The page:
How to compost apples

Apple trees always want to produce as much fruit as possible. During the ‘June drop’ each tree releases the small fruitlets it knows it cannot ripen to maturity. If the pollination was good, it may continue dropping more immature fruit through July and August.

Early varieties of apples (eg Discovery) ripen in August but other varieties of trees are dropping apples that aren’t ripe yet. There are different ways to test whether an apple is fully ripe – falling to the ground is no guarantee. Obviously the taste, sweet & flavoursome is good, overly sharp & floury (the starch) needs more time but the best test is to cut in half and look at the colour of the pips; dark brown is good & ready, light green means leave for later.

The only productive outcome for fallen, small and immature fruit could be to bulk out the compost. Ripe apples rot quickly but hard unripe ones take longer; just throwing them straight on the heap is not advised.

Chop the unripe apples up first somehow – for instance with a spade in a bucket or borrow a garden shredder or go over a pile with your lawn mower.  Layer the chopped fruit evenly across the compost and cover with leaves, grass, sawdust, cardboard – even some soil – but no extra water unless the whole pile is very dry. The recommended ratio is 1 part green (nitrogen) ie apples to 2 parts brown (carbon) ie leaves, shredded cardboard etc.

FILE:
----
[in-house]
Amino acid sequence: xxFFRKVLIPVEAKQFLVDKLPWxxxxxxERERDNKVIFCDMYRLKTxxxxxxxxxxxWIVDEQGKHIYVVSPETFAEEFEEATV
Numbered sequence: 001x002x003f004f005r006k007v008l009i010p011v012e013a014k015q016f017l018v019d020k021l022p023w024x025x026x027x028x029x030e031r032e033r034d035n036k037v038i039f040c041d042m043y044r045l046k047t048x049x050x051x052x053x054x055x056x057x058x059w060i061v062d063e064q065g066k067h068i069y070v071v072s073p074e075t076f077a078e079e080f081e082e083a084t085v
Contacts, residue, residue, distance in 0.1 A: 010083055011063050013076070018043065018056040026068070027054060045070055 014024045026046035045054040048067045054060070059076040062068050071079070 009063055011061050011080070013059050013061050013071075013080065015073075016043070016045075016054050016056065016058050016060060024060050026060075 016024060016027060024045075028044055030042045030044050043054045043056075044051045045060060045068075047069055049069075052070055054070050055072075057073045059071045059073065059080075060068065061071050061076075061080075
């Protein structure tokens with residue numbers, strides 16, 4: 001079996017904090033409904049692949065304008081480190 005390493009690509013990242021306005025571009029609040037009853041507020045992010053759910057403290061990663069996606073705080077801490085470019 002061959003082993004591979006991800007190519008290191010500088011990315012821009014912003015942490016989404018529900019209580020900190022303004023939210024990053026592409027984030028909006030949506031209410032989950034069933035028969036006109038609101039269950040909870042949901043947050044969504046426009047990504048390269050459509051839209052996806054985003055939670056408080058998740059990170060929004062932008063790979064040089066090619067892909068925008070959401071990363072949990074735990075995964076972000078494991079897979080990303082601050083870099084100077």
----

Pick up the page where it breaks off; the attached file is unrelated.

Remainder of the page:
If planting a hedge or to bolster your veg patch – you could dig a deep trench & cover the apples with 8 -12 ins of soil for slow nutrient release. Otherwise you could find someone rearing pigs and offer to ‘pre-flavour’ their pork?

Richard Paget

My Apple Juice

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